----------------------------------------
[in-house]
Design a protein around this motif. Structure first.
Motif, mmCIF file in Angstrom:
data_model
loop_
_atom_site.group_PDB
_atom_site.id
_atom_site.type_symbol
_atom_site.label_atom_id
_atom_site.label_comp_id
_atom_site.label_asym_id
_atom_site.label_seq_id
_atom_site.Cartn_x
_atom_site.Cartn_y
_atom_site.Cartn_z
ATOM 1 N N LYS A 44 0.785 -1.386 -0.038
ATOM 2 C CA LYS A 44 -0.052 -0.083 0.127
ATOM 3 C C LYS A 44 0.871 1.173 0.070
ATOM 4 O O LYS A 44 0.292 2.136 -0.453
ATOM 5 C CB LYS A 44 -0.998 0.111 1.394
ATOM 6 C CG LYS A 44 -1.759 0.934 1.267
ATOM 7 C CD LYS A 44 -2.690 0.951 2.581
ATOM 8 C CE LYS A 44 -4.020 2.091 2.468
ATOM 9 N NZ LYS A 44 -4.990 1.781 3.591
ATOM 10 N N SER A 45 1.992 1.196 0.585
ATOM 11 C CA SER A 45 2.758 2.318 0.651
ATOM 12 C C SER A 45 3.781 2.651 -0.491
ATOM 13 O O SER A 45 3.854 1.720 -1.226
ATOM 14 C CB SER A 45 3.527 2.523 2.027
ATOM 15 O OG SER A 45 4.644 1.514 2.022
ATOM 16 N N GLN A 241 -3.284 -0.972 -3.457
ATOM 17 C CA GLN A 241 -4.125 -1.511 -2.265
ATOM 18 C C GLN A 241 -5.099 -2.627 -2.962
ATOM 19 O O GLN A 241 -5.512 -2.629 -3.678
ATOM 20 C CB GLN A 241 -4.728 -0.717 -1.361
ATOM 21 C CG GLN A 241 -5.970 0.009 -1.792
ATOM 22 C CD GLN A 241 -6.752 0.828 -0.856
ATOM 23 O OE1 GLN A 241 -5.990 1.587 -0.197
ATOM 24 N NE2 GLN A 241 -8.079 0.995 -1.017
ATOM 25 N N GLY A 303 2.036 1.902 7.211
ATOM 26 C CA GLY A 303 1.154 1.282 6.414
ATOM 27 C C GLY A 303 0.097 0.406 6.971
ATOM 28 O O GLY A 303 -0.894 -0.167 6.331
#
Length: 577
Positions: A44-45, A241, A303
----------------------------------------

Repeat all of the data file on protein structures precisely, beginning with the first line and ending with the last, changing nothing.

[in-house]
Design a protein around this motif. Structure first.
Motif, mmCIF file in Angstrom:
data_model
loop_
_atom_site.group_PDB
_atom_site.id
_atom_site.type_symbol
_atom_site.label_atom_id
_atom_site.label_comp_id
_atom_site.label_asym_id
_atom_site.label_seq_id
_atom_site.Cartn_x
_atom_site.Cartn_y
_atom_site.Cartn_z
ATOM 1 N N LYS A 44 0.785 -1.386 -0.038
ATOM 2 C CA LYS A 44 -0.052 -0.083 0.127
ATOM 3 C C LYS A 44 0.871 1.173 0.070
ATOM 4 O O LYS A 44 0.292 2.136 -0.453
ATOM 5 C CB LYS A 44 -0.998 0.111 1.394
ATOM 6 C CG LYS A 44 -1.759 0.934 1.267
ATOM 7 C CD LYS A 44 -2.690 0.951 2.581
ATOM 8 C CE LYS A 44 -4.020 2.091 2.468
ATOM 9 N NZ LYS A 44 -4.990 1.781 3.591
ATOM 10 N N SER A 45 1.992 1.196 0.585
ATOM 11 C CA SER A 45 2.758 2.318 0.651
ATOM 12 C C SER A 45 3.781 2.651 -0.491
ATOM 13 O O SER A 45 3.854 1.720 -1.226
ATOM 14 C CB SER A 45 3.527 2.523 2.027
ATOM 15 O OG SER A 45 4.644 1.514 2.022
ATOM 16 N N GLN A 241 -3.284 -0.972 -3.457
ATOM 17 C CA GLN A 241 -4.125 -1.511 -2.265
ATOM 18 C C GLN A 241 -5.099 -2.627 -2.962
ATOM 19 O O GLN A 241 -5.512 -2.629 -3.678
ATOM 20 C CB GLN A 241 -4.728 -0.717 -1.361
ATOM 21 C CG GLN A 241 -5.970 0.009 -1.792
ATOM 22 C CD GLN A 241 -6.752 0.828 -0.856
ATOM 23 O OE1 GLN A 241 -5.990 1.587 -0.197
ATOM 24 N NE2 GLN A 241 -8.079 0.995 -1.017
ATOM 25 N N GLY A 303 2.036 1.902 7.211
ATOM 26 C CA GLY A 303 1.154 1.282 6.414
ATOM 27 C C GLY A 303 0.097 0.406 6.971
ATOM 28 O O GLY A 303 -0.894 -0.167 6.331
#
Length: 577
Positions: A44-45, A241, A303